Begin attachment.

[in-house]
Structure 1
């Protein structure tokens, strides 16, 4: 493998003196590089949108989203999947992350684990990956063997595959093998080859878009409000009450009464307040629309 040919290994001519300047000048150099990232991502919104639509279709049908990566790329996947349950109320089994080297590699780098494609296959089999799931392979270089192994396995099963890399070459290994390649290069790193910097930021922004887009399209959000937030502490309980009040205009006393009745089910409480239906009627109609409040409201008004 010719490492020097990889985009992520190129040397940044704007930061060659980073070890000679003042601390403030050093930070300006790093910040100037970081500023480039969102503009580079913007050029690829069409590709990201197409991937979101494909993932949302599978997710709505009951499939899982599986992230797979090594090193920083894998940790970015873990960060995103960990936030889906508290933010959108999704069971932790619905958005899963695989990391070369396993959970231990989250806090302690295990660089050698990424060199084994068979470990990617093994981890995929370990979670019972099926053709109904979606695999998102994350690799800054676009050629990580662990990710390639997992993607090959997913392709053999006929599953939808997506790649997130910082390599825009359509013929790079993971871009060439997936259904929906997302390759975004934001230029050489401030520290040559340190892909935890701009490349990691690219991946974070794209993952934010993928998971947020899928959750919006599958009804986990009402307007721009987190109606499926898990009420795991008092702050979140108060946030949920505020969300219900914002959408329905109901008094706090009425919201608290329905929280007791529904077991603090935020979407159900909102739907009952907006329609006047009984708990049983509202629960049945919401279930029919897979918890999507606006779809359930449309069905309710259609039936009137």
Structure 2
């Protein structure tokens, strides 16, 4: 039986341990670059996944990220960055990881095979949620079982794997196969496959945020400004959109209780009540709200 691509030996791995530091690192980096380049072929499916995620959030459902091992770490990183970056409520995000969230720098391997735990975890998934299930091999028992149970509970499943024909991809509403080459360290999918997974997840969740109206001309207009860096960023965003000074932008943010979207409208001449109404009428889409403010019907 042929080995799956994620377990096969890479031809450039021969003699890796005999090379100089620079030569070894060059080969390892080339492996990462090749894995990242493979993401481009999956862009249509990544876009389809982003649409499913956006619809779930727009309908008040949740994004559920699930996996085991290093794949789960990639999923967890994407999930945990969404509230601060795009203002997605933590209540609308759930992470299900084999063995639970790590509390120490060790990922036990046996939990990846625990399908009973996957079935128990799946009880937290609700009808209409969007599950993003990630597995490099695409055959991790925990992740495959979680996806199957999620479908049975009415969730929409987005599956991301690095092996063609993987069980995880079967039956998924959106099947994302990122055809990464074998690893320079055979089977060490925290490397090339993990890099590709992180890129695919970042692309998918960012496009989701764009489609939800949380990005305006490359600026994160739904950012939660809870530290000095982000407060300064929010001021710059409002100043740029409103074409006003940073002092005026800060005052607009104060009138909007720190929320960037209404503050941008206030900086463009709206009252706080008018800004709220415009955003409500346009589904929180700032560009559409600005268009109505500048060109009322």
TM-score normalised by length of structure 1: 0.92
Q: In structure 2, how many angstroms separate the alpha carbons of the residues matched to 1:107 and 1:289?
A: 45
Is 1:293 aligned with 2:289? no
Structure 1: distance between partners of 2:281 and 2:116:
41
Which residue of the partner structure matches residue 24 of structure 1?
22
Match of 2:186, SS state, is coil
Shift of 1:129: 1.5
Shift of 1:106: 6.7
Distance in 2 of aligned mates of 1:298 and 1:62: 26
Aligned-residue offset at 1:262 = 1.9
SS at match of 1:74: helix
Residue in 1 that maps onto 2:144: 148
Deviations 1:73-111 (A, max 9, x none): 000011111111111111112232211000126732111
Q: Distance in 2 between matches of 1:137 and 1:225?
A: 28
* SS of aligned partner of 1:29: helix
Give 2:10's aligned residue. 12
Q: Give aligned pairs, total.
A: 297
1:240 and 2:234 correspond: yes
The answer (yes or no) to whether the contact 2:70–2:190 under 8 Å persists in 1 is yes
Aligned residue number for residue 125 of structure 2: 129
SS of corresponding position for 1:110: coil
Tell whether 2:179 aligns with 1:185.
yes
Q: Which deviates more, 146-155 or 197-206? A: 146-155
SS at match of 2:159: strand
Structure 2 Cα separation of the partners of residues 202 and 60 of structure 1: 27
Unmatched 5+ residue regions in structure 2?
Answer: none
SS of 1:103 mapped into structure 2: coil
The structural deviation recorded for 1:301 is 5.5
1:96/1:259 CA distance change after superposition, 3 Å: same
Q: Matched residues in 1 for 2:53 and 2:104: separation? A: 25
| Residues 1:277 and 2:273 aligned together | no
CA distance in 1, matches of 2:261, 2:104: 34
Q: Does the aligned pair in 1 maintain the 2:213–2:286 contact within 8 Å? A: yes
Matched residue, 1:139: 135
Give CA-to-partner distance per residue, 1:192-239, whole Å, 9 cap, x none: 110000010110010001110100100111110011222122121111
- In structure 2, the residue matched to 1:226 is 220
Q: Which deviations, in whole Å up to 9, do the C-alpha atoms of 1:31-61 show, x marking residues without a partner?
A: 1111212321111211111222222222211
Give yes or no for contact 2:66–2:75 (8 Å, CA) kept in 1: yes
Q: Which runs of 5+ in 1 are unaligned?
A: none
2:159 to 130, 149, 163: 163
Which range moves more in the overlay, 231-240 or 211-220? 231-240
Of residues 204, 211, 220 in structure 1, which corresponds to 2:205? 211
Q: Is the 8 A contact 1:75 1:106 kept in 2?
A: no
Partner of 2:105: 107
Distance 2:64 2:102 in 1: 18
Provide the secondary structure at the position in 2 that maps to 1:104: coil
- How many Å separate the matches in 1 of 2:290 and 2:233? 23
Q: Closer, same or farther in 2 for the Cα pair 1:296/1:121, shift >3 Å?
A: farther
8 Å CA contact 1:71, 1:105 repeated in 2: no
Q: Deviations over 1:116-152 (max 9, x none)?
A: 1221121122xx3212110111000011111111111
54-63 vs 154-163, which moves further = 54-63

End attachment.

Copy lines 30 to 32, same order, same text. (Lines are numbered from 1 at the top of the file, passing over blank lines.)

Aligned residue number for residue 125 of structure 2: 129
SS of corresponding position for 1:110: coil
Tell whether 2:179 aligns with 1:185.